[All numbers cited in this essay are from the World Bank’s latest Global Economic Prospects. The analysis is mine.]
The economic prospect for the world in 2014 is best described as uneventful. It is a strange world we live in that this is the good news. After six years of turmoil marked by financial crises and long stretches of recession in several countries, it is indeed heartening that we are headed for uneventful times with a slow pick-up in global growth.
The world in 2013 grew by 2.4%. We are forecasting a growth of 3.2% in 2014. This is the point forecast. There is a lot that is happening around it, with some countries expected to make a strong recovery, some weak, and some actually slowing. And for each country there are bands of possibilities around their respective point forecasts.
Riots broke out across Tunisia last weekend, as citizens reacted to the government’s latest efforts to trim its budget deficit. Officials are struggling to cut spending and increase revenues, all while responding to the demands of a citizenry increasingly dissatisfied with high unemployment and continued inflation.
The economy grew by close to 3 percent last year, but it has not been enough to create new jobs. Making matters worse, many manufacturers and business owners have been forced to lay off workers in response, they say, to a rise in informal trade and “unfair competition”.
A big issue for the business community, informal trade has been equally as troublesome for the cash-strapped transitional government. According to recent World Bank research, the Tunisian government is losing a significant amount of public revenues-- duties, value-added tax and other taxes-- from informal trade along the Libyan and Algerian borders.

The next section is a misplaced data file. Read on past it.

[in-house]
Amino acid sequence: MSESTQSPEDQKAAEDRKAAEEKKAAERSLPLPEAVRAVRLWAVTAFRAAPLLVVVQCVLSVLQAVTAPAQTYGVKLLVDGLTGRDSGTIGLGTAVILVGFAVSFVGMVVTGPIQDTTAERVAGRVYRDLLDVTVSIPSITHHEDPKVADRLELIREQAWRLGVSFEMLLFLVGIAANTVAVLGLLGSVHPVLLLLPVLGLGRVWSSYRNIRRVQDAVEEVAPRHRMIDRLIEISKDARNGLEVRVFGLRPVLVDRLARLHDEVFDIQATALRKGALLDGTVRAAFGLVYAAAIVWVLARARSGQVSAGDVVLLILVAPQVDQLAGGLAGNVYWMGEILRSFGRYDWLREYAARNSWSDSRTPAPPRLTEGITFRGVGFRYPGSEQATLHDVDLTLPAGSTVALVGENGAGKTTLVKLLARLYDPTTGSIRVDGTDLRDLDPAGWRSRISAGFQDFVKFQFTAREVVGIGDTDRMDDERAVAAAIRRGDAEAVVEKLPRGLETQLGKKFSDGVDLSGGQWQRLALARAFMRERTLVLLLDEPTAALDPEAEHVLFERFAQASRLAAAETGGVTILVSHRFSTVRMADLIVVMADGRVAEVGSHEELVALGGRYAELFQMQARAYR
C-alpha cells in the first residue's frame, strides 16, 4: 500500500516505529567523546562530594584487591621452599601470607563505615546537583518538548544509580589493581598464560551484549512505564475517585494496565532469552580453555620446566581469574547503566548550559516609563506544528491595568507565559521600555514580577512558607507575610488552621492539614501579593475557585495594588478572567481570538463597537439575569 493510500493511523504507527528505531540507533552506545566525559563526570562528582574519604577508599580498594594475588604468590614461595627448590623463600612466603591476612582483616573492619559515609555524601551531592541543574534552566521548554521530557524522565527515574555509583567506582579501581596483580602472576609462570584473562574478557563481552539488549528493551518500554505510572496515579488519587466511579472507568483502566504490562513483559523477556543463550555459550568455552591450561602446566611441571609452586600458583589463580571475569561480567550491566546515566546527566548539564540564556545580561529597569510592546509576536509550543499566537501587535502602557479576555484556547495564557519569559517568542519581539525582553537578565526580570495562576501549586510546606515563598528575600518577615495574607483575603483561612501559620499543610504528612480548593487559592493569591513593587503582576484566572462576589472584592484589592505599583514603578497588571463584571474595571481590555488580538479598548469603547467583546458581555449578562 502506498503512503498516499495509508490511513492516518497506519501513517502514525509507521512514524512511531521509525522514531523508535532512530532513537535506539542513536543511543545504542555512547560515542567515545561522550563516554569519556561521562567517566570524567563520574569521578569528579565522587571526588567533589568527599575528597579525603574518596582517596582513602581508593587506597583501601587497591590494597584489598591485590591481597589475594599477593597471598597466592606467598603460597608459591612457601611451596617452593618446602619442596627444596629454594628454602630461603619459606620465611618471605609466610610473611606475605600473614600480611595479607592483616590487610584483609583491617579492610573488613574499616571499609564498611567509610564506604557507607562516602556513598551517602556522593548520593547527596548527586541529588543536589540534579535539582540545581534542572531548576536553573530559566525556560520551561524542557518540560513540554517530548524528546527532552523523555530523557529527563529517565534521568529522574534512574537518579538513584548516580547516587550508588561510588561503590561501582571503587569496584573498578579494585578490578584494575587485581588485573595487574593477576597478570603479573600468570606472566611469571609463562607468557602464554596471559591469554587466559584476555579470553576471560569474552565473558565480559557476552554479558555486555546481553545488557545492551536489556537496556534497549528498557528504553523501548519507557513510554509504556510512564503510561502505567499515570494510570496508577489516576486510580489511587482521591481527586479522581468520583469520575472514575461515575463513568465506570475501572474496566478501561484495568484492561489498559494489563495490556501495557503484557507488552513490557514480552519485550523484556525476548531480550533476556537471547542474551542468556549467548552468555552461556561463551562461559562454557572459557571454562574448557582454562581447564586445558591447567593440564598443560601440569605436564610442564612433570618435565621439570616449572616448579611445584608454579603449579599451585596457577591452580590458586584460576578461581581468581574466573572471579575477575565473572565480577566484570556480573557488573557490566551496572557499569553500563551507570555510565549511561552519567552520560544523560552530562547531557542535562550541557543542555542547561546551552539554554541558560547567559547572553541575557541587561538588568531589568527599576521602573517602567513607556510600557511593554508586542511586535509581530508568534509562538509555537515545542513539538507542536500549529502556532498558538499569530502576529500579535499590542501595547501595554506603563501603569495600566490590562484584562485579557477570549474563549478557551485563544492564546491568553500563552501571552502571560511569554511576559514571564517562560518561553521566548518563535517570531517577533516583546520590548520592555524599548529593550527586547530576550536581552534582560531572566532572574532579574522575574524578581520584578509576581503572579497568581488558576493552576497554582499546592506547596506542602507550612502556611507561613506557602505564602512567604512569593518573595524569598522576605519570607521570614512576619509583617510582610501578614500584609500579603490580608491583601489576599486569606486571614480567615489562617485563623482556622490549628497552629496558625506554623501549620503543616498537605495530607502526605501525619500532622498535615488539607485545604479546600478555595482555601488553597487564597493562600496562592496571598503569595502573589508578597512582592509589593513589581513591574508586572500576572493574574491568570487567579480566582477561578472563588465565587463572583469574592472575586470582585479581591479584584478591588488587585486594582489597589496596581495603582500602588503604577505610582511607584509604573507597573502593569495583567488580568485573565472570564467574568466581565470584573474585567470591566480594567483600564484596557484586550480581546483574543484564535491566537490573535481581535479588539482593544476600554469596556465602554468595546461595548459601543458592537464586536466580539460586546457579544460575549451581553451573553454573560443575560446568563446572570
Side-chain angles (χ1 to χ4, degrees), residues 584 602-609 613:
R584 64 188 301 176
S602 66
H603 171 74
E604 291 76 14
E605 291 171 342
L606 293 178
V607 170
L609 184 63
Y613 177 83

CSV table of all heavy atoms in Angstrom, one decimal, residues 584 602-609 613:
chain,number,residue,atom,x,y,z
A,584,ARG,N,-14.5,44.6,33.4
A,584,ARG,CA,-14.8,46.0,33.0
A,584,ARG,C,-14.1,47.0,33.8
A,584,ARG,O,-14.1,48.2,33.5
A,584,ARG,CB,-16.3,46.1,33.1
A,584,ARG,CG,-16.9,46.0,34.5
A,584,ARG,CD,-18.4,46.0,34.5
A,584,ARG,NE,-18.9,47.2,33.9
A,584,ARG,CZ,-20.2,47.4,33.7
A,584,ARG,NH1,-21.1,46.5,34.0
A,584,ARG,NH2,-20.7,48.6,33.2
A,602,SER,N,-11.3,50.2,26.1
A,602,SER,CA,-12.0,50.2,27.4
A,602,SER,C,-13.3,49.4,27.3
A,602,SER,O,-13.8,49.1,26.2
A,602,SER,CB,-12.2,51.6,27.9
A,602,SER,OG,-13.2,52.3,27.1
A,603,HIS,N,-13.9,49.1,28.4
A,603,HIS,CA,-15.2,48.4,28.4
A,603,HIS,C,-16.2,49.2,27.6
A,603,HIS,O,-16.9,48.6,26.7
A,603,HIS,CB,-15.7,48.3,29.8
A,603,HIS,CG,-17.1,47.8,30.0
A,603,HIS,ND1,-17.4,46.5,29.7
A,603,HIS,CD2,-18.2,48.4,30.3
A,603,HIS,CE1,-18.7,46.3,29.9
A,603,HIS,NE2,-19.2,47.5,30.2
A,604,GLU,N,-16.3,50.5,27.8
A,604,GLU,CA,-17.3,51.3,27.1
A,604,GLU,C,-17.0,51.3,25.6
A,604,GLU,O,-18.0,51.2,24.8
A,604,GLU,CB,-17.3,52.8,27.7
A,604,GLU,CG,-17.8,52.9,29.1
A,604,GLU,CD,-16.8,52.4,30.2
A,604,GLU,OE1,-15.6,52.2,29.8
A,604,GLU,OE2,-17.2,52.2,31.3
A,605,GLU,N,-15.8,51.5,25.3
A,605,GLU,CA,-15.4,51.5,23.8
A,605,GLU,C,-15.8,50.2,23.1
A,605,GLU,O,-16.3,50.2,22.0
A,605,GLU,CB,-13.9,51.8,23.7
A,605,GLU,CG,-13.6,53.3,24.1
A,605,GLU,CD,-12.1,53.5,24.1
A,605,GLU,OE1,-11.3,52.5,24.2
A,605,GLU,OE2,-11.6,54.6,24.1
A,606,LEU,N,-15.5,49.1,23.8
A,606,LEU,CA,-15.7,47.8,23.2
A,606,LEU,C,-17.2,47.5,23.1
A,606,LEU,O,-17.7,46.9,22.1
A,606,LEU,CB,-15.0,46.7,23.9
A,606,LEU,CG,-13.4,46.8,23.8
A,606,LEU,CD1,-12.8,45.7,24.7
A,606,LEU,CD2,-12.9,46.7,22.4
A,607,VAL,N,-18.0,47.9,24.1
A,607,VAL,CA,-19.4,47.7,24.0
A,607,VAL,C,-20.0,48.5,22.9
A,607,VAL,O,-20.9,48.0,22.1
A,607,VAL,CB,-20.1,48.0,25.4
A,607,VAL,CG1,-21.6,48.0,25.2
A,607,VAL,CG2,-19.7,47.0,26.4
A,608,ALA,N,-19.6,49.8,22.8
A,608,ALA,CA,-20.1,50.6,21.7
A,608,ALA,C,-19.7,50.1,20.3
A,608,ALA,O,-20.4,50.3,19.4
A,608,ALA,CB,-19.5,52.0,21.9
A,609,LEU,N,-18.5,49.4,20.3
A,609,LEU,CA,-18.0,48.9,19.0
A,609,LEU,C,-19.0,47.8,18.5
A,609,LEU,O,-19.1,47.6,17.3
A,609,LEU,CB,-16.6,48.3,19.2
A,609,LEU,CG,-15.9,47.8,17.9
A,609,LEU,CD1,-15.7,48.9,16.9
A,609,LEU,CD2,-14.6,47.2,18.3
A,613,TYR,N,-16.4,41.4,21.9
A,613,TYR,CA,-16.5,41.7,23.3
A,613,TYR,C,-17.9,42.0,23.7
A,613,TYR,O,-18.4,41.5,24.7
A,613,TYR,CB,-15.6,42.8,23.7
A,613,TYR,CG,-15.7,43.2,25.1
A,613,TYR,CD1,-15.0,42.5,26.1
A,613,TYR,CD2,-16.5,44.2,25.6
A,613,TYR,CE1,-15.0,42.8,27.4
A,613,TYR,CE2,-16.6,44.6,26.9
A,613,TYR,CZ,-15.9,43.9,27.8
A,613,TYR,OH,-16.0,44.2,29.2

The central puzzle has often been wondered about in a thousand and one fora since the global financial crisis that began in 2008 erupted, wreaking havoc with several economies and millions of lives: how is it that social convulsions have not been the resultant of the financial crisis, the deep depressions it led to in the major economies of the West, the misery inflicted on millions, and the super-elite-pampering policies introduced to deal with the crisis? Why did puny efforts at protest like Occupy Wall Street and its many imitators vanish like candlelight in a storm?
In the new e-book, The End of Protest: How Free-Market Capitalism Learned to Control Dissent,[i] Alasdair Roberts, who is the Jerome L. Rappaport Professor of Law and Public Policy at Suffolk University Law School in Boston, takes on this puzzle and offers an explanation.
Trade and growth go hand-in-hand. When the 2008 global financial crisis hit, both collapsed.
Since then both have steadied somewhat. But recovery has been jobless in many countries. The biggest challenge that developing countries will face: sustaining economic growth, while maintaining their focus on reducing poverty and inequality. Trade can be an important weapon in the policy-maker’s arsenal to help tackle these dual objectives.